From Radio Silence: (read.maintainradiosilence.com/radiosilence#issue/7540/article/~53c
There’s a photo of the artist Max Ernst that has always intrigued me. I can’t remember where I first saw it, but to me, it is the perfect portrait of old love. He sits shirtless and rumpled, his spider-thread hair pitching out electrically, arm outstretched to grip a picture frame atop a well-worn table, placing him squarely, eternally, across from a raven-haired beauty. Between them is a chessboard, her arm suspended above it. He leans in: It is her move.
I adore them frozen there like that. And I want that for myself, that same kind of love, weathered and still playing it through with someone to the end of my days. I dug around a little and discovered that the chessboard was one Max carved up himself.
Max might’ve been lauded as a Surrealist, but really he could never sit still. He jumped between mediums, swapped styles, and became obsessed with birds, painting and scrawling them everywhere. In one painting, they are caged into oiled landscapes; in another work they appear as Miró-like squiggles that seem part of a prehistoric broth—two birds over a horizon with the white of an egg suspended between. Perhaps his most famous bird is the one Max painted as himself, the green of his alter ego ushering forth a shrouded red bride in Attirement of the Bride. The woman in that painting is suspected to be Leonora Carrington, a Surrealist artist herself. I wondered if Leonora was the woman in the old-love-chessboard photo, but it turns out she is not. The woman in the photo is the artist Dorothea Tanning, Max’s later wife. But if he ended up with Dorothea, why did Max paint Leonora as his bride? And what happened to Leonora? Where did she go?
So many romances aren’t written in the history books. Even when they are, we can be sure they’re only part-truths. Love stories are full of holes and misremembrances, and the two people wrapped up in the affair are writing their own separate histories side by side. We’ll never really know. But what we do know about Max Ernst and Leonora Carrington’s fascinating story rings true in a surprisingly commonplace way.
It was Europe in the 1930s, just before World War II. Max Ernst was becoming famous, renowned for experimenting in art and also in his relationships. He married, fathered a son with his first wife, left her to live in a ménage à trois with a couple of his friends, married a second time, and eventually left his second wife for Leonora, an artist and much younger woman. They ran off and made a home together in France, filling their garden with sculptures of animals they created together, figures that were meant to protect them from the growing threat of Hitler and Nazi Germany. But nothing could stop the war, and Max, a Jewish man, was no longer safe, no matter how many totems they made.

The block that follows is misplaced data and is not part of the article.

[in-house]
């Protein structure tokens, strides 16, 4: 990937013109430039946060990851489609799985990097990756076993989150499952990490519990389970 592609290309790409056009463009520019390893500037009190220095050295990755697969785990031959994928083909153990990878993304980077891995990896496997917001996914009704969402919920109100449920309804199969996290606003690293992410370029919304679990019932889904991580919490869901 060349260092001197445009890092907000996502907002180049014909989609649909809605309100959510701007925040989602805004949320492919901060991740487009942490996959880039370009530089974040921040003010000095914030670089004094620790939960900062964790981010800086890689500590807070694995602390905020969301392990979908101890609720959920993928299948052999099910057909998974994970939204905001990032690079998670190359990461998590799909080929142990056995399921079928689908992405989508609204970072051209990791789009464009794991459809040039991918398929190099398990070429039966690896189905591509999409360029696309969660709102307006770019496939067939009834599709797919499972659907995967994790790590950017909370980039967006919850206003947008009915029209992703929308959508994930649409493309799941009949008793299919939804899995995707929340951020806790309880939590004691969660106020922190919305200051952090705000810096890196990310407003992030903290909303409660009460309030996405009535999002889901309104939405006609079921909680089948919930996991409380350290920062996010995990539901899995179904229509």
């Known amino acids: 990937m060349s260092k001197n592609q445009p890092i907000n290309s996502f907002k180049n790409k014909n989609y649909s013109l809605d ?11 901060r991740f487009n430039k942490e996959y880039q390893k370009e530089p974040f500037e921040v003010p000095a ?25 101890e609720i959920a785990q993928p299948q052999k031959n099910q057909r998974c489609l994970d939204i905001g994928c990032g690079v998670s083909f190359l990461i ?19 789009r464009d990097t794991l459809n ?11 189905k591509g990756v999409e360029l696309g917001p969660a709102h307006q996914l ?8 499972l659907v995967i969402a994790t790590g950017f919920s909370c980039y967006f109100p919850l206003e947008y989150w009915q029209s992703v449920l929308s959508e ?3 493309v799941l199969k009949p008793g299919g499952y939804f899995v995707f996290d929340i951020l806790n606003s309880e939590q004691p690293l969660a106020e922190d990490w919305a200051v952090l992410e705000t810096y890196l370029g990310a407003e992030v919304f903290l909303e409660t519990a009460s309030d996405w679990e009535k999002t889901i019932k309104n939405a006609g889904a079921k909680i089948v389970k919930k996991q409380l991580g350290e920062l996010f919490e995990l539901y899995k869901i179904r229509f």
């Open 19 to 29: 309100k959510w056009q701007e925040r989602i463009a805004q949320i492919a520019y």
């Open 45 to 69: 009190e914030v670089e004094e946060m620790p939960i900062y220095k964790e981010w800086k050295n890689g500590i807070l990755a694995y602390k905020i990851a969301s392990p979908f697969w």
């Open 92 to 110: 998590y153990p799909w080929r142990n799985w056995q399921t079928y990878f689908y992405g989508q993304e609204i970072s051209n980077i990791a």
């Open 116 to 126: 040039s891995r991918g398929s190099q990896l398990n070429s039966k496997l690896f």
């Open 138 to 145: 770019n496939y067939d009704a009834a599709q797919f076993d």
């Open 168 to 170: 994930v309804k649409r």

Max was finally arrested by the Gestapo but somehow escaped. American art collector and socialite Peggy Guggenheim couldn’t bear the thought of losing one of her favorite artists to the war, so she made a plan to help Max: He would fly to New York in the middle of the night, and they would marry, securing him inside the U.S. borders. So he did, and they did. Leonora was left behind. And she absolutely lost it. She was admitted to a mental hospital and given shock treatments.
Eventually Leonora pulled through, the war ended, and Max and Peggy divorced. But as far as the history books tell it, Max and Leonora had no more contact. She settled in Mexico and made a name for herself as a painter. He married artist Dorothea Tanning and they spent the rest of their days together. They were happy; you can see it in their pictures.
As I discovered this story, I couldn’t help but wonder what really happened between Max and Leonora. I read somewhere that all of the birds that made their way into his art were either representations of himself or possibly of Leonora, alighting as ghosts among the oils. Of course he and Leonora were part of the same art world, so surely they would have read about each other and heard each other’s names whispered at parties. And don’t we all have loves like that, the star-crossed ones that fall apart in the wake of a war or an unseen tear in the universe that couldn’t be avoided and can never be explained? I know I do. And I know that I still think of some of them in the same way that Leonard Cohen does and claims he doesn’t. In “Chelsea Hotel No. 2” Cohen sings to his former real-life lover Janis Joplin, “I don’t mean to suggest that I loved you the best / I can’t keep track of each fallen robin / But I remember you well in the Chelsea Hotel,” ending abruptly with an outright lie: “That’s all, I don’t think of you that often.” Anyone who’s lived a love like that knows the haunting truth.
I like to think that Leonora crossed Max’s mind through the years with resignation and a little regret—even as he sat across his chessboard from Dorothea Tanning, the love of his life. I like to think that he wrote Leonora a letter, like we sometimes do, to say he was sorry, to try and undo the hurt he caused and remember the good they shared—the love that was theirs and theirs alone. But even if he did, I’m sure he never sent it. I know I never sent mine. Some loves are better left in the frame where they are painted white, hanging mid-flight, forever.
released October 2, 2015
2015 Saddle Creek